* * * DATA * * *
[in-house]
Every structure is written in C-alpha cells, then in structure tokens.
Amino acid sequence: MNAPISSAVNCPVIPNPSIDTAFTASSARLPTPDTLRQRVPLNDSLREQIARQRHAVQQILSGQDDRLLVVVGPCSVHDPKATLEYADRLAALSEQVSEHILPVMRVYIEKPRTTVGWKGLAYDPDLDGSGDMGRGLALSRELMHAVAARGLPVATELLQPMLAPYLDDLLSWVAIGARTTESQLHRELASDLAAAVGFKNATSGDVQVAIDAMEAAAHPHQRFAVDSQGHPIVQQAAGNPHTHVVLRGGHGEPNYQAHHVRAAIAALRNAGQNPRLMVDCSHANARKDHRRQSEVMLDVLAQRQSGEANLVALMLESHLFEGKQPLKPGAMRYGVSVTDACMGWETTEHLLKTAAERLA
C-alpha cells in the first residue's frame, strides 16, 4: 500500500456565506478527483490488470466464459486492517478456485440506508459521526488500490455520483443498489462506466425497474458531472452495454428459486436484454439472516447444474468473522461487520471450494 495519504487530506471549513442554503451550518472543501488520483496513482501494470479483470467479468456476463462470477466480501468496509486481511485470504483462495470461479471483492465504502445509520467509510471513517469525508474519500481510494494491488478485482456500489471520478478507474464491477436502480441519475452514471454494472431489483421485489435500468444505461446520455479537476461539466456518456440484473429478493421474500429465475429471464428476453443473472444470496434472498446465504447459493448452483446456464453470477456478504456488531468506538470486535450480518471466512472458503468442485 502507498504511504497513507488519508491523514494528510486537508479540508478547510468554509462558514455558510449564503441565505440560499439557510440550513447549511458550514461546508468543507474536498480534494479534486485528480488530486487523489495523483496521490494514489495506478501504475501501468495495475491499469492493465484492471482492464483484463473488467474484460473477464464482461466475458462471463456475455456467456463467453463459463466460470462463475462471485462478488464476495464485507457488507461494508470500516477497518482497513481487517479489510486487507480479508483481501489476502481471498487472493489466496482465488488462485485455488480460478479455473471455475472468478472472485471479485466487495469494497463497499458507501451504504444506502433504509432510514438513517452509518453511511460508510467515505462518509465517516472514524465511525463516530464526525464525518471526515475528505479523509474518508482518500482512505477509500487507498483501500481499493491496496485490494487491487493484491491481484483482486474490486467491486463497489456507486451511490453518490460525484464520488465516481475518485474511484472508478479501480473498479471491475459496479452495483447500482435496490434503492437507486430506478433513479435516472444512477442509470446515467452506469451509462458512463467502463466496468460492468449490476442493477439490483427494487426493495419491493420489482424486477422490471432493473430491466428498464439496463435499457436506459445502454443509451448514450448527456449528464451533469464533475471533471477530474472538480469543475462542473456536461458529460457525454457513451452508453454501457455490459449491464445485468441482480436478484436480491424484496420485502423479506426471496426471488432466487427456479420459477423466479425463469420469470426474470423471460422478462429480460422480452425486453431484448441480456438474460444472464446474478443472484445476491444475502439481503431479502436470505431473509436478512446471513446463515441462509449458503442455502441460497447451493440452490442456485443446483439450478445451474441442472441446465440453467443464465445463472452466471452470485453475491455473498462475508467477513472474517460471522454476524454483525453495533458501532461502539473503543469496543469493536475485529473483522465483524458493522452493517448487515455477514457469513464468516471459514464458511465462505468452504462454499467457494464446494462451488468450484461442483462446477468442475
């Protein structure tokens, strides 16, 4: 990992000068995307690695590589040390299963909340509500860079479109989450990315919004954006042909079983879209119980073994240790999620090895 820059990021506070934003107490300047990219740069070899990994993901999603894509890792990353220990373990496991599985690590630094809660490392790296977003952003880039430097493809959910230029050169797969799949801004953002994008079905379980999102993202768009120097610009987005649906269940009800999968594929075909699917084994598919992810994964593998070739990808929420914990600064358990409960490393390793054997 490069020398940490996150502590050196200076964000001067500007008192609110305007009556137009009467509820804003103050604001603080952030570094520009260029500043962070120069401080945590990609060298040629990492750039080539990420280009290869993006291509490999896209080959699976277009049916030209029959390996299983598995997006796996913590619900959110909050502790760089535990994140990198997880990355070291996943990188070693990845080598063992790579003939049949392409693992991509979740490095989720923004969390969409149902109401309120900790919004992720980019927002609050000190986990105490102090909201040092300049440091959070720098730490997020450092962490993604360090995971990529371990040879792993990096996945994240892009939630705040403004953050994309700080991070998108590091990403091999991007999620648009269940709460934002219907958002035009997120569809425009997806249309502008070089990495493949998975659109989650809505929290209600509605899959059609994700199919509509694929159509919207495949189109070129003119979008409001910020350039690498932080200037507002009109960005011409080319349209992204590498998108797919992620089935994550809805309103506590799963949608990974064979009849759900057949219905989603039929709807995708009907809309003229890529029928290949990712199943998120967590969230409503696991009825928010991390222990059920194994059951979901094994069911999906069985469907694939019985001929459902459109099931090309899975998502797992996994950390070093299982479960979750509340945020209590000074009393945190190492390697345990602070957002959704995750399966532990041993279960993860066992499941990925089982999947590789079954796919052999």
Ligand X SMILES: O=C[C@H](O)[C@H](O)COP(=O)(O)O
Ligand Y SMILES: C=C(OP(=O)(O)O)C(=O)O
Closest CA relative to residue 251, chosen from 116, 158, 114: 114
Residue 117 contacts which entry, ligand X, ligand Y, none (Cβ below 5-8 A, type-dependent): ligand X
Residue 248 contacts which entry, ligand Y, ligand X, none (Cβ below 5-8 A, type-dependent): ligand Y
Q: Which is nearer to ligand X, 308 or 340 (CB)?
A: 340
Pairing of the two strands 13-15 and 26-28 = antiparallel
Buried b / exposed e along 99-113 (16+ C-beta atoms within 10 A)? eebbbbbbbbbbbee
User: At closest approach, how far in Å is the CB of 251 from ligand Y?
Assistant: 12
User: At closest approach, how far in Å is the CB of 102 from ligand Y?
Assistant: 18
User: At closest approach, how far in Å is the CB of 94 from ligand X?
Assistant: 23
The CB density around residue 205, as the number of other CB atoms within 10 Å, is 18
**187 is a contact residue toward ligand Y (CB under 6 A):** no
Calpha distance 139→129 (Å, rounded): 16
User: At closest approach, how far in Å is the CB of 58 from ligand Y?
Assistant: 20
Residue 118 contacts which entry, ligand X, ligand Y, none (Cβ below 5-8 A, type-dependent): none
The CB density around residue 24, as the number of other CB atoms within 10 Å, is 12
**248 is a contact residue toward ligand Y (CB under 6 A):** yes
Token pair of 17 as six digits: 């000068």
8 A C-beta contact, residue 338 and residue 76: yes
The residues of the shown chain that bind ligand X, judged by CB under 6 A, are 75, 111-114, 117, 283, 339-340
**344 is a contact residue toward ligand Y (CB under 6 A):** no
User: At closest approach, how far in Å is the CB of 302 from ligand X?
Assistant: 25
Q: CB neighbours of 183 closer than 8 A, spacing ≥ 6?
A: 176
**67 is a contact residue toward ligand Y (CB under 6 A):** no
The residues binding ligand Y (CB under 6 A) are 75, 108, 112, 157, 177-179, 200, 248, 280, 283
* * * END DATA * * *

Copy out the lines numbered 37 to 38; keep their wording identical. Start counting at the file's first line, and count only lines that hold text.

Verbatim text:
**67 is a contact residue toward ligand Y (CB under 6 A):** no
The residues binding ligand Y (CB under 6 A) are 75, 108, 112, 157, 177-179, 200, 248, 280, 283